Dan Coats

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Dan Coats
Dan Coats, official portrait, 112th Congress.jpg
United States Senator
from Indiana
Incumbent
Assumed office
January 3, 2011
Serving with Joe Donnelly
Preceded by Evan Bayh
In office
January 3, 1989 – January 3, 1999
Appointed by Robert D. Orr
Preceded by Dan Quayle
Succeeded by Evan Bayh
29th United States Ambassador to Germany
In office
August 15, 2001 – February 28, 2005
President George W. Bush
Preceded by John C. Kornblum
Succeeded by William R. Timken, Jr.
Member of the U.S. House of Representatives
from Indiana's 4th district
In office
January 3, 1981 – January 3, 1989
Preceded by Dan Quayle
Succeeded by Jill L. Long
Personal details
Born Daniel Ray Coats
(1943-05-16) May 16, 1943 (age 70)
Jackson, Michigan
Political party Republican
Spouse(s) Marsha Coats
Children 3
Residence Fort Wayne, Indiana
Alma mater Wheaton College (B.A.)
Indiana University Robert H. McKinney School of Law (J.D.)
Religion Presbyterian Church
Website www.coats.senate.gov
Military service
Service/branch United States Army
Years of service 1966-1968

Daniel Ray "Dan" Coats (born May 16, 1943) is the senior United States Senator from Indiana and member of the Republican Party. He was in the United States Senate from 1989 to 1999, retired, and then returned in 2011.

Born in Jackson, Michigan, Coats graduated from Wheaton College in Illinois and Indiana University Robert H. McKinney School of Law. He served in the U.S. Army from 1966 to 1968. Before serving in the U.S. Senate, Coats was a member of the United States House of Representatives, representing Indiana's 4th congressional district from 1981 to 1989. He was appointed to fill the seat vacated by Dan Quayle following Quayle's election as Vice President of the United States in 1988. Coats won the 1990 special election to serve the remainder of Quayle's unexpired term, as well as the 1992 election for a full six-year term. He did not seek reelection in 1998, and was succeeded by Evan Bayh.

After retiring from the Senate, Coats served as U.S. Ambassador to Germany from 2001 to 2005, and then worked as a lobbyist in Washington, D.C. He was re-elected to the Senate by a large margin in 2010, succeeding Bayh, who announced his own retirement shortly after Coats declared his candidacy. He is the only current Senator to have returned to the Senate having previously retired, and one of two senators, along with Frank Lautenberg, who returned to the Senate after their retirement.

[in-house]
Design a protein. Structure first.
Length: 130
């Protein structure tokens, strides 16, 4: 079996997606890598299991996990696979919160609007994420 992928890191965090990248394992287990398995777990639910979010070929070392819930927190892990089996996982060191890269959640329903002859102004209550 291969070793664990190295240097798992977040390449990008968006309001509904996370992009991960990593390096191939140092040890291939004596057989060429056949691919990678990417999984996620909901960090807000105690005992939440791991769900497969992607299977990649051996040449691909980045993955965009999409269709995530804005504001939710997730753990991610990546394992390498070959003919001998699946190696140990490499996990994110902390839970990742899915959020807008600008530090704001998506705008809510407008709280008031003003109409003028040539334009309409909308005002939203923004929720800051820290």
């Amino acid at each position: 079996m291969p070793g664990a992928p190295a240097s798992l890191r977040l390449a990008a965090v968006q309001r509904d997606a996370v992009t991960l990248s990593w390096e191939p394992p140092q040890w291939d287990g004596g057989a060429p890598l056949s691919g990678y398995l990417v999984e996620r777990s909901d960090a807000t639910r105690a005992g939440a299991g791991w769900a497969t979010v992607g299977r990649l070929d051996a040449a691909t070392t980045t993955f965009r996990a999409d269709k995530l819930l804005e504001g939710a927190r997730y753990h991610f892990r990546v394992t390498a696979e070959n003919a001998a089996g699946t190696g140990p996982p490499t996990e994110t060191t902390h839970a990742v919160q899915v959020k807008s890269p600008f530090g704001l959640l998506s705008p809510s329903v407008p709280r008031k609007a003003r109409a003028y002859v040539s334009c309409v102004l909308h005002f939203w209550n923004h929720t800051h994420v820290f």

Early life, education and career[edit]

Coats was born in Jackson, Michigan, the son of Vera (Nora) Elisabeth (née Swanlund) and Edward Raymond Coats. His father was of English and German descent, and his maternal grandparents immigrated from Sweden.[1] Coats attended local public schools, and graduated from Jackson High School in 1961. He then studied at Wheaton College in Illinois, where he earned a Bachelor of Arts degree in political science in 1965. At Wheaton, he was an active student athlete on the soccer team. He served in the United States Army from 1966 to 1968, and earned a Juris Doctor from the Indiana University Robert H. McKinney School of Law in Indianapolis in 1972. He also served as assistant vice president of a Fort Wayne life insurance company.

U.S. House of Representatives[edit]

From 1976 to 1980, Coats worked for then-U.S. Representative Dan Quayle, a Republican from Indiana's 4th congressional district, as Quayle's district representative. When Quayle decided to challenge three-term Democratic incumbent Birch Bayh in the 1980 U.S. Senate election, Coats ran for and won Quayle's seat in the U.S. House.